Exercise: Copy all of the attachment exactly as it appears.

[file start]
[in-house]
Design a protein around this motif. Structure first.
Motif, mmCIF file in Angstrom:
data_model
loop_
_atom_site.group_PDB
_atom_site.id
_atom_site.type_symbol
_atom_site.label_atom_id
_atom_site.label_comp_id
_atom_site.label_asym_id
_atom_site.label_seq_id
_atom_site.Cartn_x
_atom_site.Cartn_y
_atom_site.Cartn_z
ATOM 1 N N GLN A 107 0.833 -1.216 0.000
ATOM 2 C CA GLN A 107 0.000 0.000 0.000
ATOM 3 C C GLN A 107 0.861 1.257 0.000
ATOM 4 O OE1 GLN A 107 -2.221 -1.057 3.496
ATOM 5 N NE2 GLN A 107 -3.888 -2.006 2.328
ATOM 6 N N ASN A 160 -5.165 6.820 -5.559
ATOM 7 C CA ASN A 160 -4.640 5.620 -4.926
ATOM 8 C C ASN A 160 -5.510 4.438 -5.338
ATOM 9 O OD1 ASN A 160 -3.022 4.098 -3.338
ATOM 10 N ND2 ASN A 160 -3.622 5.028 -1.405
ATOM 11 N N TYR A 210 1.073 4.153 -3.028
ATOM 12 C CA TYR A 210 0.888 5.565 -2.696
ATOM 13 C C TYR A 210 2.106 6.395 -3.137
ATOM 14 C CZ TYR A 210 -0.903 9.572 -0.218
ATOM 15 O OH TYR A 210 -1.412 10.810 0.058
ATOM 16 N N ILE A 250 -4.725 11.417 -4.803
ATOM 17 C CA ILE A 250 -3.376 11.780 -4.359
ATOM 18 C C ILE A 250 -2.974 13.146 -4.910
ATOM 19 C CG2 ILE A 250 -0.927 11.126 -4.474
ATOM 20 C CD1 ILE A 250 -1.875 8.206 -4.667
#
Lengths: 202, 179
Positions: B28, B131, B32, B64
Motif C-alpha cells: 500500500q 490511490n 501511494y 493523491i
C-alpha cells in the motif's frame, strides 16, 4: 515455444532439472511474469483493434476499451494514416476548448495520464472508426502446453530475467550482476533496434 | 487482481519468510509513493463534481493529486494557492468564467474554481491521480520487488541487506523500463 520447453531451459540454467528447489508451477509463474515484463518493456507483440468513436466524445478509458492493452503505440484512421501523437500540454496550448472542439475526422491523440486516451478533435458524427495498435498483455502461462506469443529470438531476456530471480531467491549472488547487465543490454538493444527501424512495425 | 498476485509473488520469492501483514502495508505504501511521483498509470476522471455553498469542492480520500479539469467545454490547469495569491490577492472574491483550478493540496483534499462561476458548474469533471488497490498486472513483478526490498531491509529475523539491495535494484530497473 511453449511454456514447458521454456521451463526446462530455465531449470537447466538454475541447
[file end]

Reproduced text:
[in-house]
Design a protein around this motif. Structure first.
Motif, mmCIF file in Angstrom:
data_model
loop_
_atom_site.group_PDB
_atom_site.id
_atom_site.type_symbol
_atom_site.label_atom_id
_atom_site.label_comp_id
_atom_site.label_asym_id
_atom_site.label_seq_id
_atom_site.Cartn_x
_atom_site.Cartn_y
_atom_site.Cartn_z
ATOM 1 N N GLN A 107 0.833 -1.216 0.000
ATOM 2 C CA GLN A 107 0.000 0.000 0.000
ATOM 3 C C GLN A 107 0.861 1.257 0.000
ATOM 4 O OE1 GLN A 107 -2.221 -1.057 3.496
ATOM 5 N NE2 GLN A 107 -3.888 -2.006 2.328
ATOM 6 N N ASN A 160 -5.165 6.820 -5.559
ATOM 7 C CA ASN A 160 -4.640 5.620 -4.926
ATOM 8 C C ASN A 160 -5.510 4.438 -5.338
ATOM 9 O OD1 ASN A 160 -3.022 4.098 -3.338
ATOM 10 N ND2 ASN A 160 -3.622 5.028 -1.405
ATOM 11 N N TYR A 210 1.073 4.153 -3.028
ATOM 12 C CA TYR A 210 0.888 5.565 -2.696
ATOM 13 C C TYR A 210 2.106 6.395 -3.137
ATOM 14 C CZ TYR A 210 -0.903 9.572 -0.218
ATOM 15 O OH TYR A 210 -1.412 10.810 0.058
ATOM 16 N N ILE A 250 -4.725 11.417 -4.803
ATOM 17 C CA ILE A 250 -3.376 11.780 -4.359
ATOM 18 C C ILE A 250 -2.974 13.146 -4.910
ATOM 19 C CG2 ILE A 250 -0.927 11.126 -4.474
ATOM 20 C CD1 ILE A 250 -1.875 8.206 -4.667
#
Lengths: 202, 179
Positions: B28, B131, B32, B64
Motif C-alpha cells: 500500500q 490511490n 501511494y 493523491i
C-alpha cells in the motif's frame, strides 16, 4: 515455444532439472511474469483493434476499451494514416476548448495520464472508426502446453530475467550482476533496434 | 487482481519468510509513493463534481493529486494557492468564467474554481491521480520487488541487506523500463 520447453531451459540454467528447489508451477509463474515484463518493456507483440468513436466524445478509458492493452503505440484512421501523437500540454496550448472542439475526422491523440486516451478533435458524427495498435498483455502461462506469443529470438531476456530471480531467491549472488547487465543490454538493444527501424512495425 | 498476485509473488520469492501483514502495508505504501511521483498509470476522471455553498469542492480520500479539469467545454490547469495569491490577492472574491483550478493540496483534499462561476458548474469533471488497490498486472513483478526490498531491509529475523539491495535494484530497473 511453449511454456514447458521454456521451463526446462530455465531449470537447466538454475541447